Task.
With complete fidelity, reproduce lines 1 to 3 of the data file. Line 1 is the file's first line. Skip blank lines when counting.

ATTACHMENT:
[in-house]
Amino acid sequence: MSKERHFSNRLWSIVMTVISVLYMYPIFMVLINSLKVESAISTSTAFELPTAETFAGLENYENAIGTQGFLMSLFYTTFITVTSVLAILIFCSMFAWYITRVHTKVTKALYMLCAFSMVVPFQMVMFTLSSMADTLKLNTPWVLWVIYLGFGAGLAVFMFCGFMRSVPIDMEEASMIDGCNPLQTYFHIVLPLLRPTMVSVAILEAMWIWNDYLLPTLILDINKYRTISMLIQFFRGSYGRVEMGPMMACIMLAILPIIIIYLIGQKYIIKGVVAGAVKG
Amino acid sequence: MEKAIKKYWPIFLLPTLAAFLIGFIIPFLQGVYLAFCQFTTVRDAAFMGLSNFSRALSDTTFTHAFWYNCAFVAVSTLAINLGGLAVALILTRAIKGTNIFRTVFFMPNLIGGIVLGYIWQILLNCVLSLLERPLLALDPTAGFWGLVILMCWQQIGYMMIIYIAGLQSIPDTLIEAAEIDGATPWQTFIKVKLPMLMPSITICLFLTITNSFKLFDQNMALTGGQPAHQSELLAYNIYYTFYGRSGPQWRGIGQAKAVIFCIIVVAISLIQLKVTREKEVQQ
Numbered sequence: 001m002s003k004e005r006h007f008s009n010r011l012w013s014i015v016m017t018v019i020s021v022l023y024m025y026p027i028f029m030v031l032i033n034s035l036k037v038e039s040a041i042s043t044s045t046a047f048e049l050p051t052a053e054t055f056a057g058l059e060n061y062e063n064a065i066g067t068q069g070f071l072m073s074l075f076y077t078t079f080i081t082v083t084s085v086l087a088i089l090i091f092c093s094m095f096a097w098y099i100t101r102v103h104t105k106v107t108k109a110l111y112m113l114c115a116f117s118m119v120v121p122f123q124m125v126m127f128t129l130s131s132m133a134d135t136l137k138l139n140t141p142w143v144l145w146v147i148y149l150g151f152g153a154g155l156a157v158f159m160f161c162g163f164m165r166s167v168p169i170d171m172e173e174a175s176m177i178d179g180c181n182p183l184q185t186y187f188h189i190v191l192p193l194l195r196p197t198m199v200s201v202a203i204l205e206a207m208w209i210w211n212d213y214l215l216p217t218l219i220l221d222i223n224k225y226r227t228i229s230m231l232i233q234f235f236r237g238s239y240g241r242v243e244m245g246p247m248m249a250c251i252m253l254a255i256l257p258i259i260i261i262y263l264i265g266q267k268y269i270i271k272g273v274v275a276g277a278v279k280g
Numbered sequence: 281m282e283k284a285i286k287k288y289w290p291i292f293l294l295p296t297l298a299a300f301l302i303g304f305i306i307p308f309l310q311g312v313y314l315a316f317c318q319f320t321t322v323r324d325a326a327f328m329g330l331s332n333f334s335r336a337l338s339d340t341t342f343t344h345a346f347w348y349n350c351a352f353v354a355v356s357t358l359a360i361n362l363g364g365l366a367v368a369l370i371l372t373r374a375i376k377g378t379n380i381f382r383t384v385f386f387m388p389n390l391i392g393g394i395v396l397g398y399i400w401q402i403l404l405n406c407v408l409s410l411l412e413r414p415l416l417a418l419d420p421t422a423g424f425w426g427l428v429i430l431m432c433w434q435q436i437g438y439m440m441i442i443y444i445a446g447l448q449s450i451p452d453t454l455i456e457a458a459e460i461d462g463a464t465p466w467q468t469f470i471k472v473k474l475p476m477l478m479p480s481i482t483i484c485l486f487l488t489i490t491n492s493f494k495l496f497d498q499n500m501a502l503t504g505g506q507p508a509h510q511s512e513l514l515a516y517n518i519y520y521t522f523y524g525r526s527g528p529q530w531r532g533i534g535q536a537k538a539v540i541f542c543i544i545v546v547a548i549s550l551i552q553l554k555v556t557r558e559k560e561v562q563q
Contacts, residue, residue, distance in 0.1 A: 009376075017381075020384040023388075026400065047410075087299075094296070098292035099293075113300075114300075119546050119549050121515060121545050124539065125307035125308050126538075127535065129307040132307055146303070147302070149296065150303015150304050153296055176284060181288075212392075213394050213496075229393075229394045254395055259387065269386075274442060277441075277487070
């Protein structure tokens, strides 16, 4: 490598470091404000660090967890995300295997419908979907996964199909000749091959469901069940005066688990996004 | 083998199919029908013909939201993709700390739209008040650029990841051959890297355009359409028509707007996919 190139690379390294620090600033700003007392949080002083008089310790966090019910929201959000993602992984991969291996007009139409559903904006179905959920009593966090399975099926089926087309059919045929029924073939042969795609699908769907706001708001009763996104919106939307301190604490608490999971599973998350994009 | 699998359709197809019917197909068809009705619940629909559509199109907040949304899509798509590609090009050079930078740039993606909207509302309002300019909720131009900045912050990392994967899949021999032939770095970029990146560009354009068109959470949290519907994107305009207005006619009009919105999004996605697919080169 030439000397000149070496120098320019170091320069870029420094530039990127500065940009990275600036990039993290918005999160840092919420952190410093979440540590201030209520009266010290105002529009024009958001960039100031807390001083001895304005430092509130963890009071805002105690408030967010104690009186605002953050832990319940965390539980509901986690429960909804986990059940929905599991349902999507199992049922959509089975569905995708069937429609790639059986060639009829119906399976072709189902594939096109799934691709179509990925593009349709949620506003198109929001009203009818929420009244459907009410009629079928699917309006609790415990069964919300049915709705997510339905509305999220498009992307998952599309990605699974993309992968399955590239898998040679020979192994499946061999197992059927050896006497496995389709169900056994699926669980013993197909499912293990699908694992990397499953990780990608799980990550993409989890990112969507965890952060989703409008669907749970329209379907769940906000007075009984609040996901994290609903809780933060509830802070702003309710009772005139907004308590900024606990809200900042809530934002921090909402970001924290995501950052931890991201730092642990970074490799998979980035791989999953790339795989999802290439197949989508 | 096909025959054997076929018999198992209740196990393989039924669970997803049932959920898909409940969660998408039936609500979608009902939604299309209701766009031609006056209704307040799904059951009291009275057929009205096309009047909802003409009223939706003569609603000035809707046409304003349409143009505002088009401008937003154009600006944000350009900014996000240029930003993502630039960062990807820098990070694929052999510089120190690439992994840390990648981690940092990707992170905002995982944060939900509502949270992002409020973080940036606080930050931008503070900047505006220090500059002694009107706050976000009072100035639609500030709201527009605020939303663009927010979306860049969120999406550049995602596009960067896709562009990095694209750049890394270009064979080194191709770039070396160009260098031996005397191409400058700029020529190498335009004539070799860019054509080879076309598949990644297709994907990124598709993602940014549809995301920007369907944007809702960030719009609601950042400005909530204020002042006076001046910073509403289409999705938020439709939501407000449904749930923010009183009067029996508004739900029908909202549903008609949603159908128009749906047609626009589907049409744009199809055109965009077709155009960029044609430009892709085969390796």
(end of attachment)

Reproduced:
[in-house]
Amino acid sequence: MSKERHFSNRLWSIVMTVISVLYMYPIFMVLINSLKVESAISTSTAFELPTAETFAGLENYENAIGTQGFLMSLFYTTFITVTSVLAILIFCSMFAWYITRVHTKVTKALYMLCAFSMVVPFQMVMFTLSSMADTLKLNTPWVLWVIYLGFGAGLAVFMFCGFMRSVPIDMEEASMIDGCNPLQTYFHIVLPLLRPTMVSVAILEAMWIWNDYLLPTLILDINKYRTISMLIQFFRGSYGRVEMGPMMACIMLAILPIIIIYLIGQKYIIKGVVAGAVKG
Amino acid sequence: MEKAIKKYWPIFLLPTLAAFLIGFIIPFLQGVYLAFCQFTTVRDAAFMGLSNFSRALSDTTFTHAFWYNCAFVAVSTLAINLGGLAVALILTRAIKGTNIFRTVFFMPNLIGGIVLGYIWQILLNCVLSLLERPLLALDPTAGFWGLVILMCWQQIGYMMIIYIAGLQSIPDTLIEAAEIDGATPWQTFIKVKLPMLMPSITICLFLTITNSFKLFDQNMALTGGQPAHQSELLAYNIYYTFYGRSGPQWRGIGQAKAVIFCIIVVAISLIQLKVTREKEVQQ